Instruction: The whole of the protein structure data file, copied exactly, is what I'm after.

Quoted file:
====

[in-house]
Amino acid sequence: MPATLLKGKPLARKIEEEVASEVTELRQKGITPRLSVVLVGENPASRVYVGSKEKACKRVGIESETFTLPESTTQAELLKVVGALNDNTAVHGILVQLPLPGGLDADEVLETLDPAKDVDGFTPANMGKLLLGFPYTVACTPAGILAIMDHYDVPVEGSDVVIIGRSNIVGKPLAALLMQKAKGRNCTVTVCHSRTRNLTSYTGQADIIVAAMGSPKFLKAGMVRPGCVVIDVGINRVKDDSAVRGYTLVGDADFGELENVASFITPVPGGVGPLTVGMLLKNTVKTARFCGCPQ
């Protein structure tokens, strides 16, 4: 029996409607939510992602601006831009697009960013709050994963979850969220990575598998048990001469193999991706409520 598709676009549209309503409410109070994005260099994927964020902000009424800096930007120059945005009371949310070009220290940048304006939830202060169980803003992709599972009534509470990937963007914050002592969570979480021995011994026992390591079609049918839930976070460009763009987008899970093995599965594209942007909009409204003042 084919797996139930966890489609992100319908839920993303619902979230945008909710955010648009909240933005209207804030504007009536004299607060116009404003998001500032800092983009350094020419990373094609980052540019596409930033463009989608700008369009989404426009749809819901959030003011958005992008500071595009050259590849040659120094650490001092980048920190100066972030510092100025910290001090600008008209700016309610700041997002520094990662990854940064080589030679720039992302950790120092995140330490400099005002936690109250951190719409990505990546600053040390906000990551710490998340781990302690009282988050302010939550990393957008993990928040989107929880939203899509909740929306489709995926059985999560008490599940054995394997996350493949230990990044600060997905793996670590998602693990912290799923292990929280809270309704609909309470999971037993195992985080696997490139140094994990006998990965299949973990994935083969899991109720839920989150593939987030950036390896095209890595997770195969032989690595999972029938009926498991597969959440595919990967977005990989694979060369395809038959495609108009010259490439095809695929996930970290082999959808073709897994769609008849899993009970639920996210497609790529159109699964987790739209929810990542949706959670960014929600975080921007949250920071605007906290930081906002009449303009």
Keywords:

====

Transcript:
[in-house]
Amino acid sequence: MPATLLKGKPLARKIEEEVASEVTELRQKGITPRLSVVLVGENPASRVYVGSKEKACKRVGIESETFTLPESTTQAELLKVVGALNDNTAVHGILVQLPLPGGLDADEVLETLDPAKDVDGFTPANMGKLLLGFPYTVACTPAGILAIMDHYDVPVEGSDVVIIGRSNIVGKPLAALLMQKAKGRNCTVTVCHSRTRNLTSYTGQADIIVAAMGSPKFLKAGMVRPGCVVIDVGINRVKDDSAVRGYTLVGDADFGELENVASFITPVPGGVGPLTVGMLLKNTVKTARFCGCPQ
């Protein structure tokens, strides 16, 4: 029996409607939510992602601006831009697009960013709050994963979850969220990575598998048990001469193999991706409520 598709676009549209309503409410109070994005260099994927964020902000009424800096930007120059945005009371949310070009220290940048304006939830202060169980803003992709599972009534509470990937963007914050002592969570979480021995011994026992390591079609049918839930976070460009763009987008899970093995599965594209942007909009409204003042 084919797996139930966890489609992100319908839920993303619902979230945008909710955010648009909240933005209207804030504007009536004299607060116009404003998001500032800092983009350094020419990373094609980052540019596409930033463009989608700008369009989404426009749809819901959030003011958005992008500071595009050259590849040659120094650490001092980048920190100066972030510092100025910290001090600008008209700016309610700041997002520094990662990854940064080589030679720039992302950790120092995140330490400099005002936690109250951190719409990505990546600053040390906000990551710490998340781990302690009282988050302010939550990393957008993990928040989107929880939203899509909740929306489709995926059985999560008490599940054995394997996350493949230990990044600060997905793996670590998602693990912290799923292990929280809270309704609909309470999971037993195992985080696997490139140094994990006998990965299949973990994935083969899991109720839920989150593939987030950036390896095209890595997770195969032989690595999972029938009926498991597969959440595919990967977005990989694979060369395809038959495609108009010259490439095809695929996930970290082999959808073709897994769609008849899993009970639920996210497609790529159109699964987790739209929810990542949706959670960014929600975080921007949250920071605007906290930081906002009449303009």
Keywords: